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Rural Fire Research

Twenty five years ago rural fire research commenced in New Zealand. The late Peter Olsen, founder of PF Olsen and Co, was the driving force from industry to get this programme started. As well as promoting fire insurance for private forest owners, he recognised the increasing value of the New Zealand commercial forest estate and the critical need to improve the understanding of fire behaviour and the ability of rural fire authorities to prepare and respond effectively to fire threats.

With funding support from forest growers, Fire Service, DOC, Defence, local authorities and Scion, researchers have provided industry and fire authorities with valuable knowledge and tools that are now being used regularly to ensure better preparedness and more effective response when wildfire events do occur.

To celebrate and acknowledge 25 years of fire research in New Zealand, Scion, with the support of rural fire authorities, organised a two day conference in Christchurch recently.

The outcomes from the last 25 years of research are impressive. Examples are the improved understanding of the relationships between climate, weather, fuel type and terrain and the incorporation of this information into fire hazard models and a fire behaviour prediction system for New Zealand fuel types. Research learnings have been translated into practical guides (such as the “orange” field manual and Toolkit calculator) for fire managers to calculate the rate of speed of fires under different conditions and the resources required to respond effectively. These are updated regularly as research is improved and have been extended to web based and mobile phone apps to make them more accessible.

Using these tools, wildfire risk forecasts are now supplied by the Scion researchers to television weather forecasts to provide updated fire hazard information to the public. After the damaging fires in Marlborough in 2016, revised forestry fire risk triggers were developed for Marlborough where existing trigger levels appeared to understate the fire risk. These triggers are being adapted for other regions of the country.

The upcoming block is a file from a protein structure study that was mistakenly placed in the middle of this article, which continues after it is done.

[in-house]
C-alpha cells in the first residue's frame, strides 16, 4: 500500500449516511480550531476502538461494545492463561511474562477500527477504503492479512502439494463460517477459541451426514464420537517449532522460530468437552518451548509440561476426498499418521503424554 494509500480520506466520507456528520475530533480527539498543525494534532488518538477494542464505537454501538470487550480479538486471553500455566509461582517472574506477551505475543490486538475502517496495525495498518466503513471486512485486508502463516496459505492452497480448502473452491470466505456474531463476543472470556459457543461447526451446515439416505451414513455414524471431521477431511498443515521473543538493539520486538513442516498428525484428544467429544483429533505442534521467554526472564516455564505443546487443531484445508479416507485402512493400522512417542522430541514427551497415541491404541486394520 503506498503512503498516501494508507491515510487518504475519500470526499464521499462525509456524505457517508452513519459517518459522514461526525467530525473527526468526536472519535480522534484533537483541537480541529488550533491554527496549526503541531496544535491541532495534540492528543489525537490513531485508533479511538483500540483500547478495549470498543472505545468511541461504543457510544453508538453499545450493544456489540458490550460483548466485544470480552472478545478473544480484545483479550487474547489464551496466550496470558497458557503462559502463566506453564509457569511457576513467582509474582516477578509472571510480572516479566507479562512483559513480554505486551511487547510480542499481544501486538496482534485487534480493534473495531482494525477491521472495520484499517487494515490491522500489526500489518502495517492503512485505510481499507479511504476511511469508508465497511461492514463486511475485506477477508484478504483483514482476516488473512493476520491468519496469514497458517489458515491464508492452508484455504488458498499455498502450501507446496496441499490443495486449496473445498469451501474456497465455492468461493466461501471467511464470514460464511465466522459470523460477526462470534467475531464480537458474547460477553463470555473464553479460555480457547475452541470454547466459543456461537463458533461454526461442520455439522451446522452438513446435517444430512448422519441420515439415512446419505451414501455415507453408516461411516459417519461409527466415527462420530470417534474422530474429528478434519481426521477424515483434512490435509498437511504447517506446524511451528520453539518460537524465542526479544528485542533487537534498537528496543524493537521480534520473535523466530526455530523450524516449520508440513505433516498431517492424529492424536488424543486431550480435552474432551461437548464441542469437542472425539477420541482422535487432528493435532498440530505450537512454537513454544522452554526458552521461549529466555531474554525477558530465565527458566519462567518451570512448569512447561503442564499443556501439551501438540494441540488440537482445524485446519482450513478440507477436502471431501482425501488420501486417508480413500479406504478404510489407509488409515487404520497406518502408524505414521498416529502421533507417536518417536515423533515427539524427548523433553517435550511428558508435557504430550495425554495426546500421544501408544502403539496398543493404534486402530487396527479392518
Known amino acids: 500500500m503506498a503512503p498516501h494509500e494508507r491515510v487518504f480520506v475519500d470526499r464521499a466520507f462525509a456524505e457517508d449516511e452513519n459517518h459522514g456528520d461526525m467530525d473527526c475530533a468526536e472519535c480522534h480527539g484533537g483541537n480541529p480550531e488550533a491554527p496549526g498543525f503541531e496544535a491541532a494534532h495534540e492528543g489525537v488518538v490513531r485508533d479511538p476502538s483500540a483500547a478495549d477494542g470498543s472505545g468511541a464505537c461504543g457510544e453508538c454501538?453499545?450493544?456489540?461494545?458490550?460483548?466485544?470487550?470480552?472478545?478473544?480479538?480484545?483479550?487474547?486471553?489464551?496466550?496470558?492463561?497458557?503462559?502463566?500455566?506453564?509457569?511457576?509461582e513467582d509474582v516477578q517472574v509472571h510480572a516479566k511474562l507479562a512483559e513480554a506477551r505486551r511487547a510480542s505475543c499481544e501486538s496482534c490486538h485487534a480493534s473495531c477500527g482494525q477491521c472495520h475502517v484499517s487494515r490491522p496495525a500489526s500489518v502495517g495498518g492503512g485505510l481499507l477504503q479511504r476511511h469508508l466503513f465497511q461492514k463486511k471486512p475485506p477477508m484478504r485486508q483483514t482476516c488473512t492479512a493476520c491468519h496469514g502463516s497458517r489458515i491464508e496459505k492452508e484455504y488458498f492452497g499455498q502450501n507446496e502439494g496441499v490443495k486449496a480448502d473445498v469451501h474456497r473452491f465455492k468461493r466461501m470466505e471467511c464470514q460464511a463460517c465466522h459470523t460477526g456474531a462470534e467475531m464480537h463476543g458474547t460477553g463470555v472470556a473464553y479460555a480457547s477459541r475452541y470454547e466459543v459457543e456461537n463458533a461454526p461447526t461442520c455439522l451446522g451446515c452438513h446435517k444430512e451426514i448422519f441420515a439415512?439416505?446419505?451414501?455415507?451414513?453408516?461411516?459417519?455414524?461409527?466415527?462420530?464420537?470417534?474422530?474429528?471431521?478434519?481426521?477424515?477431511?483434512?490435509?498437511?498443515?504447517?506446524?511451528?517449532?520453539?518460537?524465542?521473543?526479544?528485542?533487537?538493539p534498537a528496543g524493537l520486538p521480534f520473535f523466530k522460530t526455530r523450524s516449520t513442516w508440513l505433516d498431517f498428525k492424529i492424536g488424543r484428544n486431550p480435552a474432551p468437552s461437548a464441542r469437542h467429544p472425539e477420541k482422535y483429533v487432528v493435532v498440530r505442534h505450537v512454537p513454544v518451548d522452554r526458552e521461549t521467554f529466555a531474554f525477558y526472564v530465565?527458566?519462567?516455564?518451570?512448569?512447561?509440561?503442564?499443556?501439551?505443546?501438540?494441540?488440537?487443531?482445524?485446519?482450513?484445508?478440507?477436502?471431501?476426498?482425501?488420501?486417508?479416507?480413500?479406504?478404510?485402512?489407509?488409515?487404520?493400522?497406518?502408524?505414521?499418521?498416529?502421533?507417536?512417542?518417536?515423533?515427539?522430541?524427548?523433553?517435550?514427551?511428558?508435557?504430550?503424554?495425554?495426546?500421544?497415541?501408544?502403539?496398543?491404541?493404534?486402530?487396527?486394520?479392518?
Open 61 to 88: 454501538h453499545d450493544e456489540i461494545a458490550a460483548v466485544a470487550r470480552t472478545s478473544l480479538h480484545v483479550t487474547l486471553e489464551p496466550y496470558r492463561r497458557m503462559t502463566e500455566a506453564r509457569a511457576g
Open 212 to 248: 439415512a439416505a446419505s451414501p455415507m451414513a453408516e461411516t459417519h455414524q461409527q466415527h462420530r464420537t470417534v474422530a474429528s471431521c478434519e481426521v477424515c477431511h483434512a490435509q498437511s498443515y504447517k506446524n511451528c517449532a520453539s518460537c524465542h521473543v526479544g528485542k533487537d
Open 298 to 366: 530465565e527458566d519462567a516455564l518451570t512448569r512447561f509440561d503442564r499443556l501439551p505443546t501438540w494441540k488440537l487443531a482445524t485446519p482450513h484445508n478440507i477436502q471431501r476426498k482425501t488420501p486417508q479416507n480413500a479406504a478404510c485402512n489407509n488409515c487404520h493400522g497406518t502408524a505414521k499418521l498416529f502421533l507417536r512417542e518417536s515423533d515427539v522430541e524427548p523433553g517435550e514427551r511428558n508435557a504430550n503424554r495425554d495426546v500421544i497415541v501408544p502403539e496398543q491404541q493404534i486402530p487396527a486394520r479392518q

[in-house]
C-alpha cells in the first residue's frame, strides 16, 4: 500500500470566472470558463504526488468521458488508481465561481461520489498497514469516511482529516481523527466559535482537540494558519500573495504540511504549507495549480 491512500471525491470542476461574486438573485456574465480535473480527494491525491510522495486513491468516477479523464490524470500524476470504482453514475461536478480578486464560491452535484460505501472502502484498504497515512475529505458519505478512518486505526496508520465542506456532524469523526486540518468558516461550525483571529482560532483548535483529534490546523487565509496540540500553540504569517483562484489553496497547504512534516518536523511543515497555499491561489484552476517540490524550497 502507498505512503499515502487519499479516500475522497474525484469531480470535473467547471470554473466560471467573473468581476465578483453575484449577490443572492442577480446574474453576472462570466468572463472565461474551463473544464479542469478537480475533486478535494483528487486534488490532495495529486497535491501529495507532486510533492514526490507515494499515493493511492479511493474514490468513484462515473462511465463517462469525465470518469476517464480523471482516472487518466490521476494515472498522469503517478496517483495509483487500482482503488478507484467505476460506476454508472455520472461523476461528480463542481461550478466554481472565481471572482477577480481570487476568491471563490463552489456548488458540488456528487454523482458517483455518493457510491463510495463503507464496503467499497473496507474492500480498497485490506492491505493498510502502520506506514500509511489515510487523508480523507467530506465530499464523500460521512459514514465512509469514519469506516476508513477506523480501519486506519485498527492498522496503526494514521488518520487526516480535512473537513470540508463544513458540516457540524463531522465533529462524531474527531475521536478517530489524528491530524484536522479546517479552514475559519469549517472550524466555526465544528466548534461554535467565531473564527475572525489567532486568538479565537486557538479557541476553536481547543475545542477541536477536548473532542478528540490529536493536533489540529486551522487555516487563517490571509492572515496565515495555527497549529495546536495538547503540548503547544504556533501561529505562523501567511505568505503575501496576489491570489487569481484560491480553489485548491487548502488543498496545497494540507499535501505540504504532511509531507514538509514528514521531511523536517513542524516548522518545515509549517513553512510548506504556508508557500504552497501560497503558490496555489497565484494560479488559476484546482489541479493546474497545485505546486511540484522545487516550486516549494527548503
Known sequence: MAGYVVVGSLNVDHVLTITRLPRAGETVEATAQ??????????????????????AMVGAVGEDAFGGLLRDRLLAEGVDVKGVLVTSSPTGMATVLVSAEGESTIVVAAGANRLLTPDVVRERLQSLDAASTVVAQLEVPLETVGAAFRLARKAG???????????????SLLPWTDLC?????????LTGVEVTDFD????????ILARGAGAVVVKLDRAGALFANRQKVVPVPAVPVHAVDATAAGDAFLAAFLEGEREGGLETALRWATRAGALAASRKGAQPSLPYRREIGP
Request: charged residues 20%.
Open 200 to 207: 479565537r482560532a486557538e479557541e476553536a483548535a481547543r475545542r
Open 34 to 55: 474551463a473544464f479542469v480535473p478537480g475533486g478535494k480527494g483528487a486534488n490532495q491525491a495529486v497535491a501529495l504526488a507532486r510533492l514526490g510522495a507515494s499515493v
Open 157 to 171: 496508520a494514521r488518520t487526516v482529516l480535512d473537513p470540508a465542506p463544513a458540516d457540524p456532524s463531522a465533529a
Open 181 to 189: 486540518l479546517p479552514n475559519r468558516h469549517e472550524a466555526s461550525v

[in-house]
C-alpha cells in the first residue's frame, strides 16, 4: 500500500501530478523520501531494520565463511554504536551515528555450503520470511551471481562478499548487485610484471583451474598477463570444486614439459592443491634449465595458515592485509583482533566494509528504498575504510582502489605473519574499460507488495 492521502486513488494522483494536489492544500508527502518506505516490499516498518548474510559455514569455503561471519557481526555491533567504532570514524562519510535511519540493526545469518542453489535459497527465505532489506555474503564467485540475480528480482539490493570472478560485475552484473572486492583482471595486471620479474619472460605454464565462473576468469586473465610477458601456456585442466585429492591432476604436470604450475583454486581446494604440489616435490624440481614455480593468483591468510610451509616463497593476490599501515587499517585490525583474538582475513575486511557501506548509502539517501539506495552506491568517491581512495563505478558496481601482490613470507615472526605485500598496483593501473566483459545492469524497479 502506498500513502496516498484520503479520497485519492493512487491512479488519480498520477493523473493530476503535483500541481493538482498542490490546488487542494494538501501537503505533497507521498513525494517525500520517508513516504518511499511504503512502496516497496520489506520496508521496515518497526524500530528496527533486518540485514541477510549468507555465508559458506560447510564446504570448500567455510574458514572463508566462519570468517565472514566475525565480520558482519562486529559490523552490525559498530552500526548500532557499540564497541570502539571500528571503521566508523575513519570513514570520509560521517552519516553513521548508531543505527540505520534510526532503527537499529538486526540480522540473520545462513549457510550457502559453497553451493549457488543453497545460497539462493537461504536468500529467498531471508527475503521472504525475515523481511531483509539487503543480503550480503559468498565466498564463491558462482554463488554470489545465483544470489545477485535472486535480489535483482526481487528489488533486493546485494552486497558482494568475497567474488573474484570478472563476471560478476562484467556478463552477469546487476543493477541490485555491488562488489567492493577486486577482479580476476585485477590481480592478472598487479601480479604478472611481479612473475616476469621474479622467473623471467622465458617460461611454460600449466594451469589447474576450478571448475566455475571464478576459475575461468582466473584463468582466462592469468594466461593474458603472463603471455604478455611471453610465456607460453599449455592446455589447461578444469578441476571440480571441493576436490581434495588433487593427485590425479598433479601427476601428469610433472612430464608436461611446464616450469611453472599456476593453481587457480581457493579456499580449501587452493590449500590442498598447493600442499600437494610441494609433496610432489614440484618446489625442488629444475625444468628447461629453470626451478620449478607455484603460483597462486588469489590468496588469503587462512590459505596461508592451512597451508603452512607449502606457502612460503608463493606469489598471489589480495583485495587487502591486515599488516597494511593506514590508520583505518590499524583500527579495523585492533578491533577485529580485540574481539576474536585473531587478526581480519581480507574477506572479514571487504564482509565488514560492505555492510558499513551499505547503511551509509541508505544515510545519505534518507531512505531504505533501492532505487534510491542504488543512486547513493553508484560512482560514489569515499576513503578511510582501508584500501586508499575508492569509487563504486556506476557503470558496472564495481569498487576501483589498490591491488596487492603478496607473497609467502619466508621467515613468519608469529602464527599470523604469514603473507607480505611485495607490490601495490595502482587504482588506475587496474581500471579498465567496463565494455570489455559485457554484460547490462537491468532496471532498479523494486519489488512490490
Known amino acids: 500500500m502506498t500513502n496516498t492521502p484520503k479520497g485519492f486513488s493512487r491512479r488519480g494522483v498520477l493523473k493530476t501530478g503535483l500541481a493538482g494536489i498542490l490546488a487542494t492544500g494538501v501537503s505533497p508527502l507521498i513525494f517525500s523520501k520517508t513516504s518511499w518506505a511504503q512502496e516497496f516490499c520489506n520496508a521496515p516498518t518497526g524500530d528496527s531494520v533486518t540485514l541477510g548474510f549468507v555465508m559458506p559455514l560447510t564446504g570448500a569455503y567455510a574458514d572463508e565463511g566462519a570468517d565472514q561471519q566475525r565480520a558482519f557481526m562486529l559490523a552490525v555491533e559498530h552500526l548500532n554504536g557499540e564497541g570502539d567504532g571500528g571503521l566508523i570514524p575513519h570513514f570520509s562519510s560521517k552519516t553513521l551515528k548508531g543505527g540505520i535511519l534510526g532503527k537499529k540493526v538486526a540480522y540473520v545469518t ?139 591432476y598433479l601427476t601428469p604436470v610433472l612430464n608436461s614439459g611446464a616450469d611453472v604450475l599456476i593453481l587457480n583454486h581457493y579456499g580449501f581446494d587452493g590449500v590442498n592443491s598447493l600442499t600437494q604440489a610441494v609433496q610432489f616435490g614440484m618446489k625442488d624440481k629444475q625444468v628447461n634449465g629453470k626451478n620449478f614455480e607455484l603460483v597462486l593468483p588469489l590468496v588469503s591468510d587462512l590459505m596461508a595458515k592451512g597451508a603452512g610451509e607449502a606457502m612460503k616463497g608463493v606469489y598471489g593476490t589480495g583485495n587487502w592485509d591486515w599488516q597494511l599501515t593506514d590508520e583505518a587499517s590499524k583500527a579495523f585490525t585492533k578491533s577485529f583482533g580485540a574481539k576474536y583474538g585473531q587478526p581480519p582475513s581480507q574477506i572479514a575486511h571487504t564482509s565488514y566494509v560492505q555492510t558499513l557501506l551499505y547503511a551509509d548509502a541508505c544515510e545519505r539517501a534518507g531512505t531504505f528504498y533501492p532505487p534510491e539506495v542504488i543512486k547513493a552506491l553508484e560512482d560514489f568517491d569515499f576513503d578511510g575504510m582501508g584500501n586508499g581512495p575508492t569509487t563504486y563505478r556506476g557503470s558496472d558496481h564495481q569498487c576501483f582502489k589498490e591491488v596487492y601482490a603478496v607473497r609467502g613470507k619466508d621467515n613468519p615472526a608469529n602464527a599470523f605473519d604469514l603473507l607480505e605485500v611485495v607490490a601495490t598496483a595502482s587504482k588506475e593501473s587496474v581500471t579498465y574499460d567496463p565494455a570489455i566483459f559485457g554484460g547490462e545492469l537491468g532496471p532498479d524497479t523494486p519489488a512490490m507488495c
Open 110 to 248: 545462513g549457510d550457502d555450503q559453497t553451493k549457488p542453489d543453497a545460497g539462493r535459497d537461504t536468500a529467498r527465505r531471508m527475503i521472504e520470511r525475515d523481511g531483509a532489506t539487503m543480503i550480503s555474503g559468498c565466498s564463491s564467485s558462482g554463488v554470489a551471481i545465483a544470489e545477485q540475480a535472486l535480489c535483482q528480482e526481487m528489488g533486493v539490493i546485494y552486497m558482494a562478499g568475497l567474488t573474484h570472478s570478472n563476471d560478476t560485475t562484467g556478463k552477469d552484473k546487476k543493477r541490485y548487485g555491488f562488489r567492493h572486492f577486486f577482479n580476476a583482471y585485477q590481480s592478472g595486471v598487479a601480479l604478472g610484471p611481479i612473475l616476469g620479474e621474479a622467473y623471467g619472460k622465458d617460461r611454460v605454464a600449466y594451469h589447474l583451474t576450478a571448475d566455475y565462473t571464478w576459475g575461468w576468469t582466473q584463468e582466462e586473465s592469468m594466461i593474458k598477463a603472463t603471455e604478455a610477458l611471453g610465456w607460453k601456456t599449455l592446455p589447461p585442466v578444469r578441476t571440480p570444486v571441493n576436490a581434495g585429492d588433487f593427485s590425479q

The researchers have also introduced a software system called Prometheus from Canada and have adapted this to our conditions. This is now embedded into the fire incident command structures and has been used in recent fires in Marlborough, Hawkes Bay and most recently the Christchurch Port Hills. Rates of spread, assets at risk and evacuation requirements can all be predicted and assessed using this software and it is providing a valuable tool for fire incident control rooms to plan response efforts.

With the World Meteorological Organisation now confirming that 2011- 2015 was the hottest five year period on record, it is important that we as an industry recognise the increasing threat this will pose to our forest assets and the risk posed by extreme wildfire events. Recent fires have shown that these extreme events can occur in New Zealand and are not confined to Australia or North America. As our summers heat up and dry out we can expect more of these extreme fire events. This threat to New Zealand has been recognised recently with MBIE awarding $8.75million of research funding over 5 years to Scion to better understand what causes extreme fire behaviour and when it might happen. Forest owners are supporting this with funding from the Forest Growers Levy Trust.